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Art & story by Courtney Suber

Teen Brains & Mental Health: Understanding and Respecting a Developing Mind

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The age that one is considered an adult is traditionally when they turn 21. When you’re 21 you’re able to gamble, purchase cigarettes, and enter a bar or club. These are all pretty big feats in the eyes of society, but it’s a simple fact that you are not fully an adult until you are 25. 

Dr. Sandra Aamodt, a neuroscientist interviewed by NPR, said this about brain development: “The changes that happen between 18 and 25 are a continuation of the process that starts around puberty, and 18-year olds are about halfway through that process. Their prefrontal cortex is not yet fully developed. That’s the part of the brain that helps you to inhibit impulses and to plan and organize your behavior to reach a goal.” 

With this known fact, why do we set such high expectations for teenagers, individuals whose brains aren’t fully developed, individuals who are unable to completely organize behavior?

In high school teenagers are meant to be the perfectly crafted student. We are meant to sit still for hours at a time, funneling information into our heads, then go home to study for hours more. This is all while maintaining a social life with lots of friends, playing a sport, having a job, and being active in clubs — be it through school or somewhere else. When you write such a jumbled schedule and such daunting expectations down on paper it sounds completely outrageous, and that’s because it is. We expect the most out of childish brains, brains that aren’t yet properly programmed to reach goals, like said by Dr. Sandra Aamodt, who is also the co-author of the book, “Welcome to Your Child’s Brain: How the Mind Grows from Conception to College.”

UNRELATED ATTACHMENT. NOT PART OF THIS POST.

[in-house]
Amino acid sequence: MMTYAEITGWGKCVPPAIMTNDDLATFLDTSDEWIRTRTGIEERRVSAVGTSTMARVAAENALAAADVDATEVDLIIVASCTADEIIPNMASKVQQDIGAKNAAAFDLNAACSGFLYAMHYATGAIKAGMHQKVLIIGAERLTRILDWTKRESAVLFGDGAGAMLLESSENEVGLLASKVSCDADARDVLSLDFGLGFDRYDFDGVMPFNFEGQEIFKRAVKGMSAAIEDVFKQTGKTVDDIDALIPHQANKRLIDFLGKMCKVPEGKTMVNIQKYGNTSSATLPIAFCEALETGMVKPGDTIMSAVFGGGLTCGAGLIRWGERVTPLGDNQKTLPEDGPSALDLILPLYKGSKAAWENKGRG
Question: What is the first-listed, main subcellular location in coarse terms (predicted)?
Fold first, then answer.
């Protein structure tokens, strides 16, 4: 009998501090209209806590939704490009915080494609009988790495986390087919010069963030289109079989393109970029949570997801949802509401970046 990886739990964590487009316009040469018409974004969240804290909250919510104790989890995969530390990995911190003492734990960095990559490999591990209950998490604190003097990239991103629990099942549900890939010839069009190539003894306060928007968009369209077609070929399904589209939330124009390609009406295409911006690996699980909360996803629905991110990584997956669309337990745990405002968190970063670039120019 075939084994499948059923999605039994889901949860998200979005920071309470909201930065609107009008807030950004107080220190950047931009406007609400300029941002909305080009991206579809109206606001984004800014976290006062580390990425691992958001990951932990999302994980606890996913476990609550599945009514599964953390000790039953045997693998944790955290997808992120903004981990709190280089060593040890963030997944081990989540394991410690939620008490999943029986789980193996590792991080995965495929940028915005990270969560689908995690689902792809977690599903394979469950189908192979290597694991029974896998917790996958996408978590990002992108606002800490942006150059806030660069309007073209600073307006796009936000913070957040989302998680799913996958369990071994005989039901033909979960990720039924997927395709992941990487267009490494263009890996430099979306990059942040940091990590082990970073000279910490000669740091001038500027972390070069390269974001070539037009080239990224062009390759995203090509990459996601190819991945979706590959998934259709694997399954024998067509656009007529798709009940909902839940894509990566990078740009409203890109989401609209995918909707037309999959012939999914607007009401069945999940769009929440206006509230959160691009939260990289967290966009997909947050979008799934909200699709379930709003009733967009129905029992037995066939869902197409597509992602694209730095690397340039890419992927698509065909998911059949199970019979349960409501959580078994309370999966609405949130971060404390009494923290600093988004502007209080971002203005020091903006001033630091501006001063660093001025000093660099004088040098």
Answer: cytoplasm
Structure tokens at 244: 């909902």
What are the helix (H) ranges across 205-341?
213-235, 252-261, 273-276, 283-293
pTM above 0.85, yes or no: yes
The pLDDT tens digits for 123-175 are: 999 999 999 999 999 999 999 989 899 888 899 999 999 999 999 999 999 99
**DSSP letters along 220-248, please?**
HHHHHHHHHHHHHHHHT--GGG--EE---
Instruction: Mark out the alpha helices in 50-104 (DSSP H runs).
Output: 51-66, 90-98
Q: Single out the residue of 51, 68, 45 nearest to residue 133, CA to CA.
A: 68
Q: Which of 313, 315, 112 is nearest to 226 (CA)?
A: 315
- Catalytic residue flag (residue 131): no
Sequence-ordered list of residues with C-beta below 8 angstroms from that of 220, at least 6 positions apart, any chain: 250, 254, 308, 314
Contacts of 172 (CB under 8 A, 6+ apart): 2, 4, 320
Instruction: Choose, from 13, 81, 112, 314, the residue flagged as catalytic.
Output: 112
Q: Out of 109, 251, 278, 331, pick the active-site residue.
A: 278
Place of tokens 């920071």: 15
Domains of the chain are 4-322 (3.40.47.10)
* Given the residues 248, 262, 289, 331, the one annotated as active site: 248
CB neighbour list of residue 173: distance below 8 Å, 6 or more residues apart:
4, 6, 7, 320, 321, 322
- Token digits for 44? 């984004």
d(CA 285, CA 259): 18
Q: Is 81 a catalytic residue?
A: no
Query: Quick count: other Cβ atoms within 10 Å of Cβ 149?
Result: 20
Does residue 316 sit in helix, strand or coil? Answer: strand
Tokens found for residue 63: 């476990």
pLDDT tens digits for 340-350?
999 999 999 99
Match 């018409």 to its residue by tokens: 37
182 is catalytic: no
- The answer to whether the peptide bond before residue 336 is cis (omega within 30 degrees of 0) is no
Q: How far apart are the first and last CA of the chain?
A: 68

The pressure which is created by such a strenuous schedule is harmful to teenagers and serves to create a culture of mental turmoil. When an individual feels as if they cannot meet all the expectations which are set for them, a teenager can be led to feel vast amounts of disappointment. All humans feel hurt by disappointment, whether it’s a childish mind or an adult one. Being that teenage brains are not fully developed, the emotions felt from disappointment can be immense. Such pressure from outside sources is detrimental to the teenage mind and sets up teenagers to suffer. 

Although teenagers are emotional beings whose brains are not fully developed, it does not strip them from their humanity. It seems very easy for adults to discard the feelings of teenagers. To be boiled down to a so-called “emotional mess” not only infantilizes a teenager but can lead them to feeling invalid in their feelings and emotions. Teenagers are already plagued by social stigma, which is associated with the expectations made for them, and such infantilization can also be harmful to teenage mental health.

How can people respect teenage mental health while still understanding their brains are not fully developed? The simple answer is to be a feeling and emotional person. This can be done by appealing to the emotions of the teenager in your life, and avoiding condescending language. If they seem stressed, or irrationally feeling one emotion, take a step back and speak to them kindly. Be empathetic toward teenagers and understand that we all went through such feelings and turmoil once. 

Although teenagers have brains which are not yet developed, we are still human, and should be treated as such. Although when you turn 21 you can live it up and do things which are considered “grown up,” it’s important to understand that teenagers at heart are just that: teenagers, and their emotional health should be not only treated with care, but regarded with respect and understanding.

Courtney Suber is a student at North Springs High School who has served as the co-editor of the school’s student publication The Oracle

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